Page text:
Date of Award
Master of Arts
Stephen V. Ash
Lynn Sacco, Daniel Feller
This study examines prostitution in Union-occupied cities during the American Civil War. During the war, the visibility of urban prostitution triggered contentious public debates over appropriate forms of sexuality and over the position of sexualized women in public areas. Union commanders posted in occupied cities had an especially difficult time dealing with prostitution since their garrison troops had money, were not preoccupied by marching and fighting, and expected urban pleasures in an urban environment. For example, military authorities in Washington, D. C., Norfolk, Virginia, and New Orleans, Louisiana, unsuccessfully struggled to control or eliminate public prostitution using traditional legal systems.
The provost marshals of Nashville and Memphis, Tennessee met with more success when they began the first American experiment in legalized prostitution. The military hoped that regulation, which required sex workers to purchase licenses and pass medical exams, would curb the spread of sexually transmitted diseases. Although both prostitutes and Union soldiers seem to have benefited from legalization, civilians vehemently and publicly proclaimed its negative effects on society. Despite the experiment’s medical and financial success, civic authorities deregulated the sex trade once the war ended and the military governance ceased. In this thesis, based on contemporary newspapers, correspondence, and military records, I argue that this postwar deregulation was a reaction against the prostitutes’ wartime encroachment on public space.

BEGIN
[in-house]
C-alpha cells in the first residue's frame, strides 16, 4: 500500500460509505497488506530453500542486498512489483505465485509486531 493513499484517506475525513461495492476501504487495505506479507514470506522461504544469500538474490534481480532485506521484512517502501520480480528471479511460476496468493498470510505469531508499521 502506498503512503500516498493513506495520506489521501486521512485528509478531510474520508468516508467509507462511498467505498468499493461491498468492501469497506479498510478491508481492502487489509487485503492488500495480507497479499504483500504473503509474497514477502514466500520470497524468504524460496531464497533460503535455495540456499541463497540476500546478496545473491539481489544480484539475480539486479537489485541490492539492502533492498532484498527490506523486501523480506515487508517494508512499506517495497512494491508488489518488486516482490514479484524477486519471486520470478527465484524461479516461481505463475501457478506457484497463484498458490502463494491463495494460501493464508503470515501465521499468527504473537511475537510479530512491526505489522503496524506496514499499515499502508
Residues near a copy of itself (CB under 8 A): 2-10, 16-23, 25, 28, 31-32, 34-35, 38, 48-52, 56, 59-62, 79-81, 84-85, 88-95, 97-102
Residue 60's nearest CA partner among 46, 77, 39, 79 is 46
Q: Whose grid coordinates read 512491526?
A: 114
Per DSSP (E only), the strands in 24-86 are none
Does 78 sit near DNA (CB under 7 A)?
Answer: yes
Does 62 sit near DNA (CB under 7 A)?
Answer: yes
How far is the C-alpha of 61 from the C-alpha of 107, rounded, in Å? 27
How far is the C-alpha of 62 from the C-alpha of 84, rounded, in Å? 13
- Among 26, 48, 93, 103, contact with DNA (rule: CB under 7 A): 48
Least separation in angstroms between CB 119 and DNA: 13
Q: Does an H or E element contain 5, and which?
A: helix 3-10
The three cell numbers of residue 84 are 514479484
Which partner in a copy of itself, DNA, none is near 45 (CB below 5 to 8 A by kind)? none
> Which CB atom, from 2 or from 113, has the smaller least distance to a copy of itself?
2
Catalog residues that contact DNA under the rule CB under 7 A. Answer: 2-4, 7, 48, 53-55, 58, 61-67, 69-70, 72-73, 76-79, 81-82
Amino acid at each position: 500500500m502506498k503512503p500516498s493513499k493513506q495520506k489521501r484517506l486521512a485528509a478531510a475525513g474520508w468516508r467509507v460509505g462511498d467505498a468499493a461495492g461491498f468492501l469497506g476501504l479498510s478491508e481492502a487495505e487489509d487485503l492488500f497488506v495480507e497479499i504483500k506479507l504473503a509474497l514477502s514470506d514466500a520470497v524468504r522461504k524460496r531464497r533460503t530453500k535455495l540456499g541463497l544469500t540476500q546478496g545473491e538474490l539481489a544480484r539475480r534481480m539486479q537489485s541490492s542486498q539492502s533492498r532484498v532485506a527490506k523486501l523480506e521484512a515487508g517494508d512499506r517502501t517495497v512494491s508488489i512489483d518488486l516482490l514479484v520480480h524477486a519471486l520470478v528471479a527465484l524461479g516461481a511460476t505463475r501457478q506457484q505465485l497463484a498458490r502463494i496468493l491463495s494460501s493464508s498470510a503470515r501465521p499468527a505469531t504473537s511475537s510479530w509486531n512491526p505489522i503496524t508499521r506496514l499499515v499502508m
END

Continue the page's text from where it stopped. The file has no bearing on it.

Cole, Danielle Jeannine, "Public Women in Public Spaces: Prostitution and Union Military Experience, 1861-1865. " Master's Thesis, University of Tennessee, 2007.